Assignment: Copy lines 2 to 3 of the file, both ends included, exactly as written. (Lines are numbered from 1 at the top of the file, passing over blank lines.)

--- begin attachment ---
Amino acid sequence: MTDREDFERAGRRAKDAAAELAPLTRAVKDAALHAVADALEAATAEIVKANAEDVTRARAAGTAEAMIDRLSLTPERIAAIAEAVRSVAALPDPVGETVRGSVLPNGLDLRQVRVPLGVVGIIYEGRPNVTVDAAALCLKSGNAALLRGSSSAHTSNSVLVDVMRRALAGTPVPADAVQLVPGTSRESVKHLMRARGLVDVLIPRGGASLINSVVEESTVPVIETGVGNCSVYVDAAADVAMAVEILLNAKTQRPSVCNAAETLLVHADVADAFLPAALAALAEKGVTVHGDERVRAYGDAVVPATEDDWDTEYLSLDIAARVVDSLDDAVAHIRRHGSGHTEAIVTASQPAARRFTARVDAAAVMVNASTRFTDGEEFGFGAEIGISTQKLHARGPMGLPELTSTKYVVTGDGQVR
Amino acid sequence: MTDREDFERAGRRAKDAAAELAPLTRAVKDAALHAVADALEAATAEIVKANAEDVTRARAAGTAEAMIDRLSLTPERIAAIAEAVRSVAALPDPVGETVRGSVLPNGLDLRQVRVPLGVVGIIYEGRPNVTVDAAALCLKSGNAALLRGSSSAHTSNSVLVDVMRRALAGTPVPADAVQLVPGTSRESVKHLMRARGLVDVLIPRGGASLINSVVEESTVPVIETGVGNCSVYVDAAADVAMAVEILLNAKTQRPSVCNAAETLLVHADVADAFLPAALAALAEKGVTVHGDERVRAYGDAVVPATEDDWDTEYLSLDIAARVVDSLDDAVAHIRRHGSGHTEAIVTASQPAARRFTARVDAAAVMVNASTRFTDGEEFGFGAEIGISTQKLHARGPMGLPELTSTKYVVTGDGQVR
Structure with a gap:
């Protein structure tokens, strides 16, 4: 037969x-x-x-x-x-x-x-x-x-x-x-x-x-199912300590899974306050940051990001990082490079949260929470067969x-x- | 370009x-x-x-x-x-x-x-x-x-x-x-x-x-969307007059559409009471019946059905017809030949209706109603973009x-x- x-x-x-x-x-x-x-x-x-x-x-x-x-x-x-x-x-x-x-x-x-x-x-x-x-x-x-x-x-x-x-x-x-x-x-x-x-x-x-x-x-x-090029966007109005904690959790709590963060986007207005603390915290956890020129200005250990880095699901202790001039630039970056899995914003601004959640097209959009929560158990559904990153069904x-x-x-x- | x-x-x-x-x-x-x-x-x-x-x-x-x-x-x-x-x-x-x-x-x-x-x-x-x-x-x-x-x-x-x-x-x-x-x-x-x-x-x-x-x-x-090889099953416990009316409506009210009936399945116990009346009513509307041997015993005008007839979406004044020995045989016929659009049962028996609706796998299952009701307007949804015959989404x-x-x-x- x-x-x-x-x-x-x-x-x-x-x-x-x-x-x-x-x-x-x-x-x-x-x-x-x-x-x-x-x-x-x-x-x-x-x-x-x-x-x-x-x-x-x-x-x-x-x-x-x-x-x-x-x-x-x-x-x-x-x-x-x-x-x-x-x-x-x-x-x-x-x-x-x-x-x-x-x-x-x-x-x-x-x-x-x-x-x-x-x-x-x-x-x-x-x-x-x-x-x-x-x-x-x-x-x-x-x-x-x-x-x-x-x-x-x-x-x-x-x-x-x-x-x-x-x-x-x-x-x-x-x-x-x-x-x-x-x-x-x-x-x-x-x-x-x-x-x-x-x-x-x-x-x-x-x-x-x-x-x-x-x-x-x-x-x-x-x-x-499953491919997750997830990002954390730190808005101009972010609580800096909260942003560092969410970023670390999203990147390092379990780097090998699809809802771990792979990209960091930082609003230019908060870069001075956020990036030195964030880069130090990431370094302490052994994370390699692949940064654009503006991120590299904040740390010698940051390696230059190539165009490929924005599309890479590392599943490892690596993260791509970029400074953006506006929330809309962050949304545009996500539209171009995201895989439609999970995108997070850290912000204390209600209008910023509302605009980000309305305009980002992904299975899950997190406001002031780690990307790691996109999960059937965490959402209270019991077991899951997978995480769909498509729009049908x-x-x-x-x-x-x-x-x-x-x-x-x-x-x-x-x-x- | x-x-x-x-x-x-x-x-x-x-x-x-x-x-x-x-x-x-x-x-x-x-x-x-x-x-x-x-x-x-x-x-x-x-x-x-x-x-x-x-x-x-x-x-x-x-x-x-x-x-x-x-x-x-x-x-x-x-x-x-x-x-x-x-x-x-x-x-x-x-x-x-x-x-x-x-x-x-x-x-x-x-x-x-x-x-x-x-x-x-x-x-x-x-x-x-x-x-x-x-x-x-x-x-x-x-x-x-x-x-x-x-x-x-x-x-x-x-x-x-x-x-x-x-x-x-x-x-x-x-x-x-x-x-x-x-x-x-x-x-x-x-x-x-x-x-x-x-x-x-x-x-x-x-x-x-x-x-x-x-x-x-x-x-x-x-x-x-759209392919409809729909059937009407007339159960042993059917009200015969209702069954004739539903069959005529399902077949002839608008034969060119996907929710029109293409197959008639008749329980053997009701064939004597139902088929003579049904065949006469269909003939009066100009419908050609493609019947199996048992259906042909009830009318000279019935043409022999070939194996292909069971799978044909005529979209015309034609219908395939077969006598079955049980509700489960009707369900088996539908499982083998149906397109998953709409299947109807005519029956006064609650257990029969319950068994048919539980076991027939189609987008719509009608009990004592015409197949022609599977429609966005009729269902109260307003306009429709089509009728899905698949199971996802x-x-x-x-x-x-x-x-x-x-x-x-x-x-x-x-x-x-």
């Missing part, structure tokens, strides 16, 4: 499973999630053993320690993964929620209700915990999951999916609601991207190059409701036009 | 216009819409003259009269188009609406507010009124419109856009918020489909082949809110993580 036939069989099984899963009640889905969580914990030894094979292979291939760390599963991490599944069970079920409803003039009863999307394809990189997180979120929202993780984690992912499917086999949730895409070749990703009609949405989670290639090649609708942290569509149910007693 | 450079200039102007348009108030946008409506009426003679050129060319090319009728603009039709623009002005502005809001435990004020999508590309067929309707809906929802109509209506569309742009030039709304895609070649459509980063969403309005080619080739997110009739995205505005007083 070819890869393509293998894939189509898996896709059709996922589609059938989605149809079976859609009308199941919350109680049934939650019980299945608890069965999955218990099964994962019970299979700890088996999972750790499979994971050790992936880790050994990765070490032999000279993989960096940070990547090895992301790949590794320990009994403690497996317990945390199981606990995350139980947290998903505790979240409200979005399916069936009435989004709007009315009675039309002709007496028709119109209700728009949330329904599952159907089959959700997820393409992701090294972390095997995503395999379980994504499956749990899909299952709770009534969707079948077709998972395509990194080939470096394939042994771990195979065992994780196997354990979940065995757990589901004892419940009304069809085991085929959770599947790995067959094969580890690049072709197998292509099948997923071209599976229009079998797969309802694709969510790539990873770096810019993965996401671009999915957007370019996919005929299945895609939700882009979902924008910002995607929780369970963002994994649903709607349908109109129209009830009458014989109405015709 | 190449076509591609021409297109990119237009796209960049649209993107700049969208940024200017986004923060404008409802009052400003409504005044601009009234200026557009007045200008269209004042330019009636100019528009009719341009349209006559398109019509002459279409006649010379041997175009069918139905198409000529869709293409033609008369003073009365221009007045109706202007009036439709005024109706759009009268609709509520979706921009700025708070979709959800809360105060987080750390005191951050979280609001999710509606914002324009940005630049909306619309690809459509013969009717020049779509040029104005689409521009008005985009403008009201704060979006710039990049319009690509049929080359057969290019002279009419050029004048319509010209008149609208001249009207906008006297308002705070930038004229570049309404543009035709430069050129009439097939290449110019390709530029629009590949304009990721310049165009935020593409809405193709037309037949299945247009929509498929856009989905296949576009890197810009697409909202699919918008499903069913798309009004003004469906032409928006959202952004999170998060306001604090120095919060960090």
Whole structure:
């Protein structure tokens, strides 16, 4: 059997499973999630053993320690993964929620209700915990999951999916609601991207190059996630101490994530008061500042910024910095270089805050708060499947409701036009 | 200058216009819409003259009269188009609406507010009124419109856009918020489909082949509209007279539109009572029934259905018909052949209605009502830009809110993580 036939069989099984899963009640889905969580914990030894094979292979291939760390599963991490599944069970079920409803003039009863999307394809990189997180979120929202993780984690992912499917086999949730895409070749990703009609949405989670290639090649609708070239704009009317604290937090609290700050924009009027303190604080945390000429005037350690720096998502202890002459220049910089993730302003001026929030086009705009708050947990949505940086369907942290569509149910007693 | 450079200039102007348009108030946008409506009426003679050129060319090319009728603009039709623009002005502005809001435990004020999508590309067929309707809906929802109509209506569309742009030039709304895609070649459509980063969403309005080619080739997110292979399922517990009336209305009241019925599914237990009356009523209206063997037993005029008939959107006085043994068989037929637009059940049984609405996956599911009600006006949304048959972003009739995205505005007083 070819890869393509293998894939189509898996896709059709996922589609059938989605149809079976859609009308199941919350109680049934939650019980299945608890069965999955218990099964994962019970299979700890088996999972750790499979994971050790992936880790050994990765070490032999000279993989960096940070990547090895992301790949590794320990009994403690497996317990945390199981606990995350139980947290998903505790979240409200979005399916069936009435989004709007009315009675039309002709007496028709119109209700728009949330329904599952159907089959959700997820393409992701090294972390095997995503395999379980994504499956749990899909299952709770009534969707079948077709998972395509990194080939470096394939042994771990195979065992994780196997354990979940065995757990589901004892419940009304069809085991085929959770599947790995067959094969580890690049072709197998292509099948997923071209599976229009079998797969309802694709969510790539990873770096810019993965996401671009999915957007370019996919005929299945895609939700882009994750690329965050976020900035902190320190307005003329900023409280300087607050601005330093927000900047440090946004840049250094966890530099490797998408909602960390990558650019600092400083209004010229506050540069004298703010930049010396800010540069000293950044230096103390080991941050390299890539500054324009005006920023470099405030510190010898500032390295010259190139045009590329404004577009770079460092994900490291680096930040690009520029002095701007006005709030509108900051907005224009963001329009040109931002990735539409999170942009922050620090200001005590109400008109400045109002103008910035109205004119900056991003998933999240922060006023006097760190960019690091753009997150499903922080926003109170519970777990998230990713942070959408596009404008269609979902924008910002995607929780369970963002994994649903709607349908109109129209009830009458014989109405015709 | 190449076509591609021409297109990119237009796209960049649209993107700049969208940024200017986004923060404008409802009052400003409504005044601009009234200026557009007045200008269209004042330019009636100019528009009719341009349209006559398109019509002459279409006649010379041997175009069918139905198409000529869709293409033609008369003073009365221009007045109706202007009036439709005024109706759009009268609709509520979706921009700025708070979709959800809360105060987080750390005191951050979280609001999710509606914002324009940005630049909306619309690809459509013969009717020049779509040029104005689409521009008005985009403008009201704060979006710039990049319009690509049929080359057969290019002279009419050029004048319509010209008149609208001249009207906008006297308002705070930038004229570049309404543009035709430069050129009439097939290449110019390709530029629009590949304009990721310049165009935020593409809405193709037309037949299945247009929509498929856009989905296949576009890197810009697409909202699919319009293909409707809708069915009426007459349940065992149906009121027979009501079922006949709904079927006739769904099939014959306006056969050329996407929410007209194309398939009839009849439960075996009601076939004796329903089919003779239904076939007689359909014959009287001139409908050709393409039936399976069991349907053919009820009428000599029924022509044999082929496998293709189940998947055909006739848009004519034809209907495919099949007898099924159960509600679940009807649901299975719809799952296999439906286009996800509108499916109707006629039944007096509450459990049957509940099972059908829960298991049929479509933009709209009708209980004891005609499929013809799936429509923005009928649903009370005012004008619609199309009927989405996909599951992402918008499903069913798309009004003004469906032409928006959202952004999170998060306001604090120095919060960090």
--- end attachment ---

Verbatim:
Amino acid sequence: MTDREDFERAGRRAKDAAAELAPLTRAVKDAALHAVADALEAATAEIVKANAEDVTRARAAGTAEAMIDRLSLTPERIAAIAEAVRSVAALPDPVGETVRGSVLPNGLDLRQVRVPLGVVGIIYEGRPNVTVDAAALCLKSGNAALLRGSSSAHTSNSVLVDVMRRALAGTPVPADAVQLVPGTSRESVKHLMRARGLVDVLIPRGGASLINSVVEESTVPVIETGVGNCSVYVDAAADVAMAVEILLNAKTQRPSVCNAAETLLVHADVADAFLPAALAALAEKGVTVHGDERVRAYGDAVVPATEDDWDTEYLSLDIAARVVDSLDDAVAHIRRHGSGHTEAIVTASQPAARRFTARVDAAAVMVNASTRFTDGEEFGFGAEIGISTQKLHARGPMGLPELTSTKYVVTGDGQVR
Structure with a gap: